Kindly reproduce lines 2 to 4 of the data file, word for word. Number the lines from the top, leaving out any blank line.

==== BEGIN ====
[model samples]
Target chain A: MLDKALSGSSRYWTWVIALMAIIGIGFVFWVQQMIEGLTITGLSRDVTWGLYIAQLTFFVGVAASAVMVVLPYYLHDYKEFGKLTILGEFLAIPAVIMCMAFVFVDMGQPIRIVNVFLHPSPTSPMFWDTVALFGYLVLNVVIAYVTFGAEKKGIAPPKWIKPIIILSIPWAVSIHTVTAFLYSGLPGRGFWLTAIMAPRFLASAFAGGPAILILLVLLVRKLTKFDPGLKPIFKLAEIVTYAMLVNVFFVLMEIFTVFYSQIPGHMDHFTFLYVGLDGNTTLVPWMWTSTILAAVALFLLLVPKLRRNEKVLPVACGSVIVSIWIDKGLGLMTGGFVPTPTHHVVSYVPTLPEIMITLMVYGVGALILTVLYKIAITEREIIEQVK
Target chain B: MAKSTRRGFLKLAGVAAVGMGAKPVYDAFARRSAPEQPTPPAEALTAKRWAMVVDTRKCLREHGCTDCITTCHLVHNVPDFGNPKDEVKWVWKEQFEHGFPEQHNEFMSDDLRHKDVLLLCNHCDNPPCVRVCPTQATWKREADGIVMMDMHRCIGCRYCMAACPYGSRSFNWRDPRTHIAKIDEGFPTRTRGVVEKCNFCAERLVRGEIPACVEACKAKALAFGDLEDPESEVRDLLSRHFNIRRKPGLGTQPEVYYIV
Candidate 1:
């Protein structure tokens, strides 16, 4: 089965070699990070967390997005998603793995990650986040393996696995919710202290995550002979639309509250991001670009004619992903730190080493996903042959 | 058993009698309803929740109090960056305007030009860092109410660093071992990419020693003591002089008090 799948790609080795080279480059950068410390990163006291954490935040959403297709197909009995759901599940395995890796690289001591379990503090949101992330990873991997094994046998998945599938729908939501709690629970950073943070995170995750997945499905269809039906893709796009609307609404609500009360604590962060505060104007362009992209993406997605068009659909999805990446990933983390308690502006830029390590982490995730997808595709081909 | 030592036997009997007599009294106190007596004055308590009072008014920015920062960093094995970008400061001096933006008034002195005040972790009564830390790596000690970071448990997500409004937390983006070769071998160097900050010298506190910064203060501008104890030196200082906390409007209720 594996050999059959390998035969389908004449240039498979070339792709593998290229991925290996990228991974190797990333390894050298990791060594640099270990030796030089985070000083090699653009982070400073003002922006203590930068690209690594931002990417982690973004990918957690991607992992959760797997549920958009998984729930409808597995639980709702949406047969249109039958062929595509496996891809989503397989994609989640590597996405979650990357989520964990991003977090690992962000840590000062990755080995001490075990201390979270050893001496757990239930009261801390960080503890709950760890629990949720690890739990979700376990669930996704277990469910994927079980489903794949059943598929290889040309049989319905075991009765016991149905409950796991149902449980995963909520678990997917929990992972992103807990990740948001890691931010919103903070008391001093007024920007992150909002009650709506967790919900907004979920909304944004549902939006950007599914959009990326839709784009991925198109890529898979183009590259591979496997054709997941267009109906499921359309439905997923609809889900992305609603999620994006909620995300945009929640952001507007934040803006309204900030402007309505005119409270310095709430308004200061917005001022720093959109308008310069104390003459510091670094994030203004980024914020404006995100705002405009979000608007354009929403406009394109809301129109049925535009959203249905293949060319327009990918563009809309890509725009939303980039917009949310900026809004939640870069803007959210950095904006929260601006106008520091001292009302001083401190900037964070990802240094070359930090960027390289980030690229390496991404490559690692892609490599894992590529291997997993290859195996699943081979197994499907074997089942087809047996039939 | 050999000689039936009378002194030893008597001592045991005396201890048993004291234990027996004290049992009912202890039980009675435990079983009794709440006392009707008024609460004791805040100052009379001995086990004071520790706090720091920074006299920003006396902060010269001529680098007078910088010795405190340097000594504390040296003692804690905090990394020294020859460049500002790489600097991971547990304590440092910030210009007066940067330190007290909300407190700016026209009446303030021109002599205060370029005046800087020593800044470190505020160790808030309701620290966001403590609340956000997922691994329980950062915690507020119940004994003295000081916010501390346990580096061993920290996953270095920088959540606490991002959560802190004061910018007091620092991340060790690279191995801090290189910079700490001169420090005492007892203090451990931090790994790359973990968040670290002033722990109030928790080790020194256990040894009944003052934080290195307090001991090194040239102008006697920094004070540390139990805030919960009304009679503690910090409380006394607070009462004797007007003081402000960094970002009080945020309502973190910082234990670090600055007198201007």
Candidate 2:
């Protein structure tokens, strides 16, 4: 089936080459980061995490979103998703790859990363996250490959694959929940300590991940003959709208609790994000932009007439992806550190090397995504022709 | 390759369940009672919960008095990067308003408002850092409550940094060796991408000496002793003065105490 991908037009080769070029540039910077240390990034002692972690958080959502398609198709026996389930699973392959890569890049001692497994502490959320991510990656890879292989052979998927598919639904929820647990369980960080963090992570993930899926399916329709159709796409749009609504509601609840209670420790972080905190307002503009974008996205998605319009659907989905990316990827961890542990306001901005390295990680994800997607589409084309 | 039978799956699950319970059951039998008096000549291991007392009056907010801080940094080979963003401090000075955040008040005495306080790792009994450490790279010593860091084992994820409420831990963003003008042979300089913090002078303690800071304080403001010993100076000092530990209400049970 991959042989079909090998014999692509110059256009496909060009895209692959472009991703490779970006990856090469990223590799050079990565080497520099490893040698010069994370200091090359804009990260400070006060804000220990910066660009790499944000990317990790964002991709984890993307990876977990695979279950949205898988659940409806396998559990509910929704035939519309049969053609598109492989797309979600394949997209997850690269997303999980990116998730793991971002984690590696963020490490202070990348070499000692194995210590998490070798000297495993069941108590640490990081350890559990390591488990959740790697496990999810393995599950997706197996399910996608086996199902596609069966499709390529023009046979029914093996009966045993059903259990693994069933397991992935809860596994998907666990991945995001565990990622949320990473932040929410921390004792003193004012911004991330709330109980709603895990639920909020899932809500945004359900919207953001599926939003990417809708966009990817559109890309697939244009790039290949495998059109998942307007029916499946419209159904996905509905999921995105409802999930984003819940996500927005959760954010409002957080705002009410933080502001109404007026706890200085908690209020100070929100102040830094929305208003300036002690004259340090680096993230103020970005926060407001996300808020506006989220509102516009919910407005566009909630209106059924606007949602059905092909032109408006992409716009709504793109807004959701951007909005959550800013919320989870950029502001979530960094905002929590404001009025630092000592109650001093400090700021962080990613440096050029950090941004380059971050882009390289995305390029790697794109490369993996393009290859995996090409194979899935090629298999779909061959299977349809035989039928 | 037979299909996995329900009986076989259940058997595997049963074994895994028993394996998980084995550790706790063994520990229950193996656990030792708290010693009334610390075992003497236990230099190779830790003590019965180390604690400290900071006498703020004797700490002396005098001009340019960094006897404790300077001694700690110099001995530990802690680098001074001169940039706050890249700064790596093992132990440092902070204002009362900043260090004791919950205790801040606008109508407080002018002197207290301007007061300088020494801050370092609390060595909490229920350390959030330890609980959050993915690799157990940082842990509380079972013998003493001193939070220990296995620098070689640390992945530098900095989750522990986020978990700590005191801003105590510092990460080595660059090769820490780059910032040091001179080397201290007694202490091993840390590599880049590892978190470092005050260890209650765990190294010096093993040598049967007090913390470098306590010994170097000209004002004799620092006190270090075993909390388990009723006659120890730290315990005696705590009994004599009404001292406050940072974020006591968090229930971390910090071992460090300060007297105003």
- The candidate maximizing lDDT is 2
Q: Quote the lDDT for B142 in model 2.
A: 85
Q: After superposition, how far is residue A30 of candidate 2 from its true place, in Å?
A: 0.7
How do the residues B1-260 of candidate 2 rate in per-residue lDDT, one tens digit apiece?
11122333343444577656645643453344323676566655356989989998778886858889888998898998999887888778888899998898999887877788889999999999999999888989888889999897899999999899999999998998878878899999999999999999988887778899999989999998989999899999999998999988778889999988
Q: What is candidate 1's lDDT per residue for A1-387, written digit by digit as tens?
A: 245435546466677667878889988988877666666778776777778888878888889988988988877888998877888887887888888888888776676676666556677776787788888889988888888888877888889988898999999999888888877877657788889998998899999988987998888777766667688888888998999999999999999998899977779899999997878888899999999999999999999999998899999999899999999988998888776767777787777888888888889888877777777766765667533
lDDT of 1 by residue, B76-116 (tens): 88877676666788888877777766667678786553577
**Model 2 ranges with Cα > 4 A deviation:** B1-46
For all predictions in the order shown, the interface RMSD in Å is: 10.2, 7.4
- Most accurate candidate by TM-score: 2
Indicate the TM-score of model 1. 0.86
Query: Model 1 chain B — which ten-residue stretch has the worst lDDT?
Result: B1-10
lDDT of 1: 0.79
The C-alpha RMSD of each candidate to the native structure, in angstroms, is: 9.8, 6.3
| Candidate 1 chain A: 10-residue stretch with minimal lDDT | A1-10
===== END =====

Target chain A: MLDKALSGSSRYWTWVIALMAIIGIGFVFWVQQMIEGLTITGLSRDVTWGLYIAQLTFFVGVAASAVMVVLPYYLHDYKEFGKLTILGEFLAIPAVIMCMAFVFVDMGQPIRIVNVFLHPSPTSPMFWDTVALFGYLVLNVVIAYVTFGAEKKGIAPPKWIKPIIILSIPWAVSIHTVTAFLYSGLPGRGFWLTAIMAPRFLASAFAGGPAILILLVLLVRKLTKFDPGLKPIFKLAEIVTYAMLVNVFFVLMEIFTVFYSQIPGHMDHFTFLYVGLDGNTTLVPWMWTSTILAAVALFLLLVPKLRRNEKVLPVACGSVIVSIWIDKGLGLMTGGFVPTPTHHVVSYVPTLPEIMITLMVYGVGALILTVLYKIAITEREIIEQVK
Target chain B: MAKSTRRGFLKLAGVAAVGMGAKPVYDAFARRSAPEQPTPPAEALTAKRWAMVVDTRKCLREHGCTDCITTCHLVHNVPDFGNPKDEVKWVWKEQFEHGFPEQHNEFMSDDLRHKDVLLLCNHCDNPPCVRVCPTQATWKREADGIVMMDMHRCIGCRYCMAACPYGSRSFNWRDPRTHIAKIDEGFPTRTRGVVEKCNFCAERLVRGEIPACVEACKAKALAFGDLEDPESEVRDLLSRHFNIRRKPGLGTQPEVYYIV
Candidate 1: